End of Support for Windows Server 2003: Are you prepared?
As 2014 comes to a close, businesses in Washington, DC are planning their IT projects for the coming year. It looks like many organizations are going to add one more unexpected project to that list. Microsoft announced that they are ending support for Windows Server 2003/R2 on July 14, 2015. For those business leaders who aren’t tech savvy, this means that there could be a dramatic impact on the stability and security of your IT infrastructure. Don’t look at the date and assume this isn’t a discussion that needs to happen right now. The sooner you understand what this means, and how it can affect your business, the better prepared you’ll be. So, what does the end of support mean, exactly?
In 2013, Microsoft released a total of 37 critical updates for Windows Server 2003/R2. Server 2003 is a crucial part of your IT infrastructure. These critical updates and helped with security and stability of Server 2003, and without these updates, you’re leaving your infrastructure vulnerable. It’s scary to think what will happen to your infrastructure if you’re software isn’t getting critical updates and patches.
The cost of maintaining servers can be costly. The older the servers, the more they cost. If you decide to not update your servers running Windows Server 2003, you’re going to need to invest in more hardware to isolate those servers. Intrusion detection systems, advanced firewalls, and network segmentation are all added costs that could be simply avoided by updating the systems ahead of time. Staying put with 2003 will definitely cost you more down the road.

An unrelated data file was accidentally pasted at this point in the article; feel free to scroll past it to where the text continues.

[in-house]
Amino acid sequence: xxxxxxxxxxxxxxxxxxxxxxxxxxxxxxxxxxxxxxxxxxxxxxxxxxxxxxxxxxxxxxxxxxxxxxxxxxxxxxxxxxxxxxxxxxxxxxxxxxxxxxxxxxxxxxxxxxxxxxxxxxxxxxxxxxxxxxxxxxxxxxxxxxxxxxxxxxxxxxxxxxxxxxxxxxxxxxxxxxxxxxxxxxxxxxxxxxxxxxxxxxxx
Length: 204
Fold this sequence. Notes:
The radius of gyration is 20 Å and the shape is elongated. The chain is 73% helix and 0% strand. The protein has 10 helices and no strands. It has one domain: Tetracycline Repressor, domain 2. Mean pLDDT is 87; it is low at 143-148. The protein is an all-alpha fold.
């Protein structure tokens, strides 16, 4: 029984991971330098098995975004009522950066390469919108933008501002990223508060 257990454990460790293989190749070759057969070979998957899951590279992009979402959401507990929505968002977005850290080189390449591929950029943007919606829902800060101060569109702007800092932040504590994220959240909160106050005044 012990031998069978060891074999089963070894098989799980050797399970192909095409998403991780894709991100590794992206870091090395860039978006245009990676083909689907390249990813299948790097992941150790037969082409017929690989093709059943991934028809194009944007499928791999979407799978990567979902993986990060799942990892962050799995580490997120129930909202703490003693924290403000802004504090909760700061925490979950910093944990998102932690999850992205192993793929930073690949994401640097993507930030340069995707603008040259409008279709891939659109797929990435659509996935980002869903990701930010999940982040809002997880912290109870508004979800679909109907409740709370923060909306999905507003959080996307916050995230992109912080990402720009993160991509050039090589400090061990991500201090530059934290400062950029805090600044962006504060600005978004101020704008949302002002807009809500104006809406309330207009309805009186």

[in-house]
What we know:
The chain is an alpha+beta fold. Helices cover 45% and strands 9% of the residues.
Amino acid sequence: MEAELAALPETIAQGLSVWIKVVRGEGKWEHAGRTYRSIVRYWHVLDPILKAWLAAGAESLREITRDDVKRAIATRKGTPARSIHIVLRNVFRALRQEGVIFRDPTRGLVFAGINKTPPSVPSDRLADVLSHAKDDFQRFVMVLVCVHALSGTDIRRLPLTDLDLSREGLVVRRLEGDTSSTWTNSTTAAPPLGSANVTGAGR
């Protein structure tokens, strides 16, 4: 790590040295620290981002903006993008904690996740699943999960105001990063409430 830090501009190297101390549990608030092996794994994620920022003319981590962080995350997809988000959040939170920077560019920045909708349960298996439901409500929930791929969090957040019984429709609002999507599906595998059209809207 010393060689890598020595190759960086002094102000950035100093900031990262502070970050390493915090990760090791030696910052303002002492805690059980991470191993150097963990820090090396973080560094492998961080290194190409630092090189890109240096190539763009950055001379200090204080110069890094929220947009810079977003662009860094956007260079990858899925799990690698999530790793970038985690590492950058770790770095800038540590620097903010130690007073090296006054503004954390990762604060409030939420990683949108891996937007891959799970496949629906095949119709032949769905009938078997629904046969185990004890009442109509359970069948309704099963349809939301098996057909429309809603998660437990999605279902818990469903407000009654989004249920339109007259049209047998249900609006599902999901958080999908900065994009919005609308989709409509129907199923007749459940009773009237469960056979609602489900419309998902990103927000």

No safety net
When your servers become out of date due to software, you’re going to come across issues that need troubleshooting. Normally, your IT provider will first attempt to diagnose the issue and correct it right then and there. However, there’s a high likelihood that you’ll need to consult Microsoft. Unfortunately, “end of support” means exactly that – END OF SUPPORT. You don’t have your safety net. You’re only option would be to consult experts and hope they can troubleshoot. This is costly, and not optimal at all.
Now, armed with the details of the potential dramatic impact that this could have on your IT infrastructure, it’s time to decide what to do. Do you keep the status quo and hope for the best? Do you wait until the last minute to migrate and risk the cost of waiting too late? At FedSolutions, we suggest starting this process now. There’s no time to wait. The sooner you decide how you want to proceed, you can use the luxury of time to go at your own pace and make sure it’s done correctly the first time. If you have any questions on how to proceed, please contact us, and our Microsoft Experts will gladly work with your organization.